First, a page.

Flags, and now hair, symbolize our independent thinking. Put your shoulder to the wheel or be prepared to get rolled over.

Daily Dose: 10/12/17 Jason Momoa makes flippant comment about rape

All right, kiddos, big day in these streets. I’ll be doing Around The Horn on Thursday afternoon at 5 p.m. on ESPN, then hosting #TheRightTime on ESPN Radio from 4-7:30 p.m. EST. And I’ll be stressing about Nats baseball all day, starting now.

Black people are genius. No, really. The 2017 MacArthur Foundation grant winners list was released this week, and there are six of us on there. Njideka Akunyili Crosby is an artist based in Chicago. Tyshawn Sorey is a musician working out of Connecticut. Nikole Hannah-Jones of The New York Times has a reputation that speaks for itself in this line of work. Jesmyn Ward is a writer in New Orleans. Dawoud Bey is a Chicago photographer. But my favorite person on the list is Rhiannon Giddens, who makes some of the most beautiful songs I’ve ever heard.

Keep telling me that the vestiges of slavery aren’t still alive in America. The way that our prison system is set up in certain states, that’s basically what prisoners are used as, and government officials have no problem letting that fact be known to the world. They’re borderline proud of it and have based their entire budgets around the existence of unpaid labor from people in jail. And in private practice, people are still trying to use black folks as slaves to run their business. All of this is so sickening.

Y’all need to get your man Jason Momoa. You know him, the actor whose Instagram page gets everybody tingling inside and who has starred in various movies in which he plays fantasy superhero types of all breeds. He’s Hawaiian and a dreamboat. He’s also got some really problematic views on rape and sexual assault that he made plain to the world on a panel. I obviously don’t know that guy, and everyone on that panel probably does, but how someone says that and you don’t get up and leave is just beyond me. This is not OK.

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Alex Morgan might be woke? If nothing else, she at least understands what her place as a white woman in America affords her after she found herself dealing with authorities at Walt Disney World. The story is that the U.S. women’s national soccer team player was there with her crew and things got a little loose in terms of the partying. But footage of her encounter with authorities was published, and at one point, with what she believes to be unfair treatment. She says matter of factly that she “can’t imagine what black people go through.” All righty, then.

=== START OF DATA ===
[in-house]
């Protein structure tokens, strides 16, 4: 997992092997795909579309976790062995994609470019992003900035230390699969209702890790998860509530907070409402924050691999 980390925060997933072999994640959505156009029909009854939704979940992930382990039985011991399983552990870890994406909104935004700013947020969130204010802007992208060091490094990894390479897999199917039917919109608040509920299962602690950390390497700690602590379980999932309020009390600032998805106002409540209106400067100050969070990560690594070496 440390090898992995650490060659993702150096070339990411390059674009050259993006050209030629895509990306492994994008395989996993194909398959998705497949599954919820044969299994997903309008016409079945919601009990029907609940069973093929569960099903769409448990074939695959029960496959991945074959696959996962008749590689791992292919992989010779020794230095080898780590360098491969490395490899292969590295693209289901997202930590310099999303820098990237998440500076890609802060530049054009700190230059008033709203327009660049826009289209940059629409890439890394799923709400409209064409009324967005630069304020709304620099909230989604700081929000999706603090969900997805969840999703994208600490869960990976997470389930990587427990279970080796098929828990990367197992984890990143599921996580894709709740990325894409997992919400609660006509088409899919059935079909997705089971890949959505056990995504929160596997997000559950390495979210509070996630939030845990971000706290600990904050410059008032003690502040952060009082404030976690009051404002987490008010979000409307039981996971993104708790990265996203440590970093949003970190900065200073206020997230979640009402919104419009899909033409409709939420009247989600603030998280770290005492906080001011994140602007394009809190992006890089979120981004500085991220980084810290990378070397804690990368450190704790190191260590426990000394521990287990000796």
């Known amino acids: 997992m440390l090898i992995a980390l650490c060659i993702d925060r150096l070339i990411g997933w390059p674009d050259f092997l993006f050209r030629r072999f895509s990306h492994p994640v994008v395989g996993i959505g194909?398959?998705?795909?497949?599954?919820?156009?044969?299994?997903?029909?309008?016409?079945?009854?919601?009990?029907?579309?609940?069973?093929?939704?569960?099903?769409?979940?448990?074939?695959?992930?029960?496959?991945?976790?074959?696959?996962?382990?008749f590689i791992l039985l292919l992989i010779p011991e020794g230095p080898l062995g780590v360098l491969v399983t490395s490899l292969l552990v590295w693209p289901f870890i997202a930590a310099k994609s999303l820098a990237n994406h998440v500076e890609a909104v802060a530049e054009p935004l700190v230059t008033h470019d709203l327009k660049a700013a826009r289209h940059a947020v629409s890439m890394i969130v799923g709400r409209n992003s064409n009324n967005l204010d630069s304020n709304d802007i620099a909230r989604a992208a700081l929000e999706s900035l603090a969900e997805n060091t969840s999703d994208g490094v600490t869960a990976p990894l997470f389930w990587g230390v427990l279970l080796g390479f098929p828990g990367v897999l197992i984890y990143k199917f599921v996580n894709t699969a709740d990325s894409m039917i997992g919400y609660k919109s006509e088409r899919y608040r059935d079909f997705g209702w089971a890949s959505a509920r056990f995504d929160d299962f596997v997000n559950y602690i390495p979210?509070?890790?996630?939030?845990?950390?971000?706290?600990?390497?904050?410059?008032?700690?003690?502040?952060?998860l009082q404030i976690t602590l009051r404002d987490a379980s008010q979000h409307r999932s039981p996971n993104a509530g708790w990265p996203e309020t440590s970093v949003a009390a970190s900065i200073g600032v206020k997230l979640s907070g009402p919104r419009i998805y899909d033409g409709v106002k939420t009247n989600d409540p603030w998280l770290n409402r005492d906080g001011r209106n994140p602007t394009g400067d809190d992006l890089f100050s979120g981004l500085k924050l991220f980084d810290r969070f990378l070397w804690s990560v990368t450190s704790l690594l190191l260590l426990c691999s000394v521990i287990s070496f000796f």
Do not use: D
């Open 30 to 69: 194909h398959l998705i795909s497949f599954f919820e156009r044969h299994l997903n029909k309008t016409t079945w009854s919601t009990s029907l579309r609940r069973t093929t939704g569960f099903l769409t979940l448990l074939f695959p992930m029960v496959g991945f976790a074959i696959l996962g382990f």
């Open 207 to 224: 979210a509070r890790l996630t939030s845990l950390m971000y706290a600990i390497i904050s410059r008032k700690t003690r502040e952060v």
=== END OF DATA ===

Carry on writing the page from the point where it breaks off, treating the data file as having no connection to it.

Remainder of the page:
Free Food

Coffee Break: If you don’t know what a bodega cat is, you probably haven’t lived in New York. Bodegas are a vital part of the ecosystem. And because the internet is amazing, there are social media accounts that document their lives. The person who does it is a national treasure. Read this interview.

Snack Time: YouTube is glorious. We all know that. But can you imagine a world in which there was a reasonable competitor? And who do you think could mount such an effort? Amazon, of course.

Dessert: Watch this. That is all.

‘The Real’s’ Jeannie Mai is raising awareness of human trafficking in new film The talk show host is executive producer of ‘Stopping Traffic: The Movement to End Sex Trafficking’

According to the Department of Homeland Security, every year millions of men, women and children are trafficked in countries around the world, generating billions of dollars in profit, making it second only to drug trafficking in transactional crime.

These shocking statistics came as a surprise to Jeannie Mai, co-host of daytime TV show The Real, when she began raising awareness around this epidemic, in which only 2 percent of victims make it out alive.

Mai partnered with filmmaker Sadhvi Siddhali Shree as the executive producer for a powerful and raw documentary entitled Stopping Traffic: The Movement to End Sex Trafficking. With raw images of life on the streets, heart-pounding rescues and gut-wrenching personal stories, the documentary offers hope and empowerment, with hopes to engage others in a movement to end modern-day slavery and abuse on a global scale.

“It’s all about being woke to what’s happening in the world,” Mai said. “The word ‘trafficking’ is weird in itself and was invented just a few years ago to describe the selling and trading of human beings because we didn’t understand exactly what it was. It started off as sex slavery then modern-day slavery, and now it’s trafficking.”

Mai hopes to create awareness that leads to action. She spoke with The Undefeated about the documentary, as well as about working on The Real, the secret behind her positivity and how she defines success.